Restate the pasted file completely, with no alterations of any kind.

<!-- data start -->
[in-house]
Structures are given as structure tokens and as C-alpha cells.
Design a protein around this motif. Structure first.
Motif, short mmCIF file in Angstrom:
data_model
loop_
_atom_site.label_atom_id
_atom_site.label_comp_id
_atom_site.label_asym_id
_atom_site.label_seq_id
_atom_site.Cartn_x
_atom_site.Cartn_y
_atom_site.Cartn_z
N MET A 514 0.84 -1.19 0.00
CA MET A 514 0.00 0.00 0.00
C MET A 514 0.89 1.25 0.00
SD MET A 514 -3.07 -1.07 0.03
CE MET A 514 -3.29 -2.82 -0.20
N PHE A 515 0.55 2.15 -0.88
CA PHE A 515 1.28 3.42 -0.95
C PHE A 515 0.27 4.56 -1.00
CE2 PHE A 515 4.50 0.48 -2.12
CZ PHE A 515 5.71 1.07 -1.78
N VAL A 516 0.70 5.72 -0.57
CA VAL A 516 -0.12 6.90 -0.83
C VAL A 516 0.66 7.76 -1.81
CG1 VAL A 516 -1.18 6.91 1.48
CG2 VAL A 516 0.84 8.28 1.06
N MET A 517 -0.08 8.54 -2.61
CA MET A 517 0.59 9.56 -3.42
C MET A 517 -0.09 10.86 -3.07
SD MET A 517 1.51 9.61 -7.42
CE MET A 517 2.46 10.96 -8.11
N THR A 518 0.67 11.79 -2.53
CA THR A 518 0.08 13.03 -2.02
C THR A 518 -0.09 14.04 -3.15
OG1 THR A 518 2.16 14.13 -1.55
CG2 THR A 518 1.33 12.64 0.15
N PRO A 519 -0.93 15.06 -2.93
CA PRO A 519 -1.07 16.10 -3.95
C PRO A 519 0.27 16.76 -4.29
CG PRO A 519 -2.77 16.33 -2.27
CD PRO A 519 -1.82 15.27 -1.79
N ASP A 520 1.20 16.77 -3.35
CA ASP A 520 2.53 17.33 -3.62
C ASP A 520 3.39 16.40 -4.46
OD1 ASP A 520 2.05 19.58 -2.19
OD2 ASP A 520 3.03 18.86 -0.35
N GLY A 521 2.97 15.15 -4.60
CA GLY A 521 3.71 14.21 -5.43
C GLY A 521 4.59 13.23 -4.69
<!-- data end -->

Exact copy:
[in-house]
Structures are given as structure tokens and as C-alpha cells.
Design a protein around this motif. Structure first.
Motif, short mmCIF file in Angstrom:
data_model
loop_
_atom_site.label_atom_id
_atom_site.label_comp_id
_atom_site.label_asym_id
_atom_site.label_seq_id
_atom_site.Cartn_x
_atom_site.Cartn_y
_atom_site.Cartn_z
N MET A 514 0.84 -1.19 0.00
CA MET A 514 0.00 0.00 0.00
C MET A 514 0.89 1.25 0.00
SD MET A 514 -3.07 -1.07 0.03
CE MET A 514 -3.29 -2.82 -0.20
N PHE A 515 0.55 2.15 -0.88
CA PHE A 515 1.28 3.42 -0.95
C PHE A 515 0.27 4.56 -1.00
CE2 PHE A 515 4.50 0.48 -2.12
CZ PHE A 515 5.71 1.07 -1.78
N VAL A 516 0.70 5.72 -0.57
CA VAL A 516 -0.12 6.90 -0.83
C VAL A 516 0.66 7.76 -1.81
CG1 VAL A 516 -1.18 6.91 1.48
CG2 VAL A 516 0.84 8.28 1.06
N MET A 517 -0.08 8.54 -2.61
CA MET A 517 0.59 9.56 -3.42
C MET A 517 -0.09 10.86 -3.07
SD MET A 517 1.51 9.61 -7.42
CE MET A 517 2.46 10.96 -8.11
N THR A 518 0.67 11.79 -2.53
CA THR A 518 0.08 13.03 -2.02
C THR A 518 -0.09 14.04 -3.15
OG1 THR A 518 2.16 14.13 -1.55
CG2 THR A 518 1.33 12.64 0.15
N PRO A 519 -0.93 15.06 -2.93
CA PRO A 519 -1.07 16.10 -3.95
C PRO A 519 0.27 16.76 -4.29
CG PRO A 519 -2.77 16.33 -2.27
CD PRO A 519 -1.82 15.27 -1.79
N ASP A 520 1.20 16.77 -3.35
CA ASP A 520 2.53 17.33 -3.62
C ASP A 520 3.39 16.40 -4.46
OD1 ASP A 520 2.05 19.58 -2.19
OD2 ASP A 520 3.03 18.86 -0.35
N GLY A 521 2.97 15.15 -4.60
CA GLY A 521 3.71 14.21 -5.43
C GLY A 521 4.59 13.23 -4.69